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Is your personality type increasing your vulnerability?


April 18, 2012

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Charles Remsberg 10-8: Life on the Line
with Charles Remsberg

Tip: Is your personality type increasing your vulnerability?

 

Recognizing your personality type may help you avoid an accident when you’re sleep-deprived, exhausted, and driving home after shift. And it may influence your response to other life threats when you’re tired, as well.

We’re all less alert, less active, and less energetic when we’re fatigued and short on sleep. But research indicates that extroverts — individuals who tend to be more gregarious, assertive, and stimulus-seeking — are especially hard hit by sleep deprivation, according to a new book called Quiet by Susan Cain, an expert in negotiation skills.

Cain cites a study conducted for the Walter Reed Army Institute of Research in which a sampling of male and female military personnel, ranging in age from 20-35, were screened to establish personality tendencies and then sleep-deprived for a period of 72 hours. During the experiment they were tested repeatedly for vigilance and reaction time.

A distinct difference in performance emerged between the more extroverted volunteers and those exhibiting a predominant tendency toward introversion (a preference for quiet, introspection, and a lower level of sensation-seeking).

As time passed without sleep, everyone’s performance deteriorated. But within the first 26 hours of wakefulness, extroverts showed significantly greater lapses in attention and slower reaction times.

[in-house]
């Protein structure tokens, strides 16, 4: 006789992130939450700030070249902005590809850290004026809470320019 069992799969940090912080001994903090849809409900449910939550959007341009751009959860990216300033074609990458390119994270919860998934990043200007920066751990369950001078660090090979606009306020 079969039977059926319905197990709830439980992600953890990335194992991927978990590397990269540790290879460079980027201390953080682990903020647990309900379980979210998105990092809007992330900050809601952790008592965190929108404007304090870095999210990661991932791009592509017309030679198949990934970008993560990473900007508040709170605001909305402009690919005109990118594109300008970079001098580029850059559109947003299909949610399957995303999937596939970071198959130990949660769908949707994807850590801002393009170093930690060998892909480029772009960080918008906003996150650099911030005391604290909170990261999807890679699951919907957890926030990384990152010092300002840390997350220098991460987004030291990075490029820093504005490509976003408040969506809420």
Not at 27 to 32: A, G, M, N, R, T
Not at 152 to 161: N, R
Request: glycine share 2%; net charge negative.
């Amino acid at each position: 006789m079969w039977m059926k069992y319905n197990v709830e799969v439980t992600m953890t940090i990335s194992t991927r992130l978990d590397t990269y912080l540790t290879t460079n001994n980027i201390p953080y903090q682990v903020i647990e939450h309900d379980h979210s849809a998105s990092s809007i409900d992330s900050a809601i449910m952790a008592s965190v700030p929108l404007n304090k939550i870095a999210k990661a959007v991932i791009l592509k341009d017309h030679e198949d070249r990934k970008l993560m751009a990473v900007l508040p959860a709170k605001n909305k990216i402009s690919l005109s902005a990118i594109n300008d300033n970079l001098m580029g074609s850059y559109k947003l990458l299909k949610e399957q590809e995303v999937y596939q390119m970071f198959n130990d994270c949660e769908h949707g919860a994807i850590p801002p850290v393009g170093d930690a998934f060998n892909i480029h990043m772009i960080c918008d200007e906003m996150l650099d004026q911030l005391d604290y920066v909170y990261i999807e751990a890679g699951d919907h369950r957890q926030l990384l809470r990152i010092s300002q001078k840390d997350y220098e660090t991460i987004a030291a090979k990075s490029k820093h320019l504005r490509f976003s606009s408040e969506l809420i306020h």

In short, Cain states, “Introverts function better than extroverts when sleep deprived.” The difference in how their brains operate seems to convey some “resistance to the adverse cognitive effects of sleep loss” to introverts, while extroverts suffer “some vulnerability to the adverse neurobehavioral effects of sleep deprivation,” the researchers concluded.

“Drowsy extroverts behind the wheel should be especially careful,” Cain advises. “Conversely, introverts driving in loud, overly arousing traffic noise should work to stay focused, since the noise may impair their thinking.”

Cain chooses to reference only the impact on driving ability, but Dr. Bryan Vila, author of the landmark book Tired Cops, and other experts point out that lack of sleep affects alertness, decision-making, and response time in potentially threatening street confrontations, as well.

Whatever your personality type, caffeine can probably help you better navigate through fatigue. The Walter Reed researchers found that the subjects in their study who chewed caffeinated gum showed better performance responses than those who were given a placebo to chomp on.

 

About the author

Charles Remsberg co-founded the original Street Survival Seminar and the Street Survival Newsline, authored three of the best-selling law enforcement training textbooks, and helped produce numerous award-winning training videos. His nearly three decades of work earned him the prestigious O.W. Wilson Award for outstanding contributions to law enforcement and the American Police Hall of Fame Honor Award for distinguished achievement in public service.

Buy Charles Remsberg's latest book, Blood Lessons, which takes you inside more than 20 unforgettable confrontations where officers' lives are on the line.





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